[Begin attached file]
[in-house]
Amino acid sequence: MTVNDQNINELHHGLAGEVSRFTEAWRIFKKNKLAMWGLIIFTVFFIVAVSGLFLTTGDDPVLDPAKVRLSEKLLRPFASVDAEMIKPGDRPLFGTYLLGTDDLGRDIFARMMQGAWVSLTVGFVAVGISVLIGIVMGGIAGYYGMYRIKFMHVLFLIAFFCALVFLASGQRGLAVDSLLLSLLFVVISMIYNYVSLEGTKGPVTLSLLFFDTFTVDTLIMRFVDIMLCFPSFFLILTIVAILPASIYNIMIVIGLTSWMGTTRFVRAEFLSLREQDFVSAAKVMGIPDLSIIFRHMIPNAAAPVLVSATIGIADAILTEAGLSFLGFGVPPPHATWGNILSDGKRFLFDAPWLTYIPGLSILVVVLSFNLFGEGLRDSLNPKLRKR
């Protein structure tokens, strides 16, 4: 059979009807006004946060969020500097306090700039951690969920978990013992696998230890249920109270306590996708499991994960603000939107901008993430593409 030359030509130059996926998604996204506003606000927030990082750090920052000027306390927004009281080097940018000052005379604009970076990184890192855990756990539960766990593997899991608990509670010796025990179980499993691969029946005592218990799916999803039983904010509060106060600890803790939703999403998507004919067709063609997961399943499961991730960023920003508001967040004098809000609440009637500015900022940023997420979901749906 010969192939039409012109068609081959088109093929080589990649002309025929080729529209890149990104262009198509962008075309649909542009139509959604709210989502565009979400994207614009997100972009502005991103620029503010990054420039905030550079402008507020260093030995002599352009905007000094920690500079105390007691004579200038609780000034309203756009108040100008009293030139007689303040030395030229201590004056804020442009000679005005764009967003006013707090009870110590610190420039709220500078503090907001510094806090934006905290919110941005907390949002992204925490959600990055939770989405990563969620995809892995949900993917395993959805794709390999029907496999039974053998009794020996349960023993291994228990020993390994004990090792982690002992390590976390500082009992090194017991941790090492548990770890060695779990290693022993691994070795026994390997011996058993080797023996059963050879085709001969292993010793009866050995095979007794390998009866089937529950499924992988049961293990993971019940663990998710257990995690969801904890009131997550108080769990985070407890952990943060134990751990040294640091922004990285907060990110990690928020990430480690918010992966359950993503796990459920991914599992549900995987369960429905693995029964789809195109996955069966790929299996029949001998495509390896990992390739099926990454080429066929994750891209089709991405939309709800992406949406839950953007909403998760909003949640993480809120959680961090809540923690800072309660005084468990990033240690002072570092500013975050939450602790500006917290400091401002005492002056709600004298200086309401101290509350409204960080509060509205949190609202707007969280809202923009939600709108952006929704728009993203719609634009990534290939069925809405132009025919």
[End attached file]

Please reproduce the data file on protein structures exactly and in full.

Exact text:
[in-house]
Amino acid sequence: MTVNDQNINELHHGLAGEVSRFTEAWRIFKKNKLAMWGLIIFTVFFIVAVSGLFLTTGDDPVLDPAKVRLSEKLLRPFASVDAEMIKPGDRPLFGTYLLGTDDLGRDIFARMMQGAWVSLTVGFVAVGISVLIGIVMGGIAGYYGMYRIKFMHVLFLIAFFCALVFLASGQRGLAVDSLLLSLLFVVISMIYNYVSLEGTKGPVTLSLLFFDTFTVDTLIMRFVDIMLCFPSFFLILTIVAILPASIYNIMIVIGLTSWMGTTRFVRAEFLSLREQDFVSAAKVMGIPDLSIIFRHMIPNAAAPVLVSATIGIADAILTEAGLSFLGFGVPPPHATWGNILSDGKRFLFDAPWLTYIPGLSILVVVLSFNLFGEGLRDSLNPKLRKR
């Protein structure tokens, strides 16, 4: 059979009807006004946060969020500097306090700039951690969920978990013992696998230890249920109270306590996708499991994960603000939107901008993430593409 030359030509130059996926998604996204506003606000927030990082750090920052000027306390927004009281080097940018000052005379604009970076990184890192855990756990539960766990593997899991608990509670010796025990179980499993691969029946005592218990799916999803039983904010509060106060600890803790939703999403998507004919067709063609997961399943499961991730960023920003508001967040004098809000609440009637500015900022940023997420979901749906 010969192939039409012109068609081959088109093929080589990649002309025929080729529209890149990104262009198509962008075309649909542009139509959604709210989502565009979400994207614009997100972009502005991103620029503010990054420039905030550079402008507020260093030995002599352009905007000094920690500079105390007691004579200038609780000034309203756009108040100008009293030139007689303040030395030229201590004056804020442009000679005005764009967003006013707090009870110590610190420039709220500078503090907001510094806090934006905290919110941005907390949002992204925490959600990055939770989405990563969620995809892995949900993917395993959805794709390999029907496999039974053998009794020996349960023993291994228990020993390994004990090792982690002992390590976390500082009992090194017991941790090492548990770890060695779990290693022993691994070795026994390997011996058993080797023996059963050879085709001969292993010793009866050995095979007794390998009866089937529950499924992988049961293990993971019940663990998710257990995690969801904890009131997550108080769990985070407890952990943060134990751990040294640091922004990285907060990110990690928020990430480690918010992966359950993503796990459920991914599992549900995987369960429905693995029964789809195109996955069966790929299996029949001998495509390896990992390739099926990454080429066929994750891209089709991405939309709800992406949406839950953007909403998760909003949640993480809120959680961090809540923690800072309660005084468990990033240690002072570092500013975050939450602790500006917290400091401002005492002056709600004298200086309401101290509350409204960080509060509205949190609202707007969280809202923009939600709108952006929704728009993203719609634009990534290939069925809405132009025919």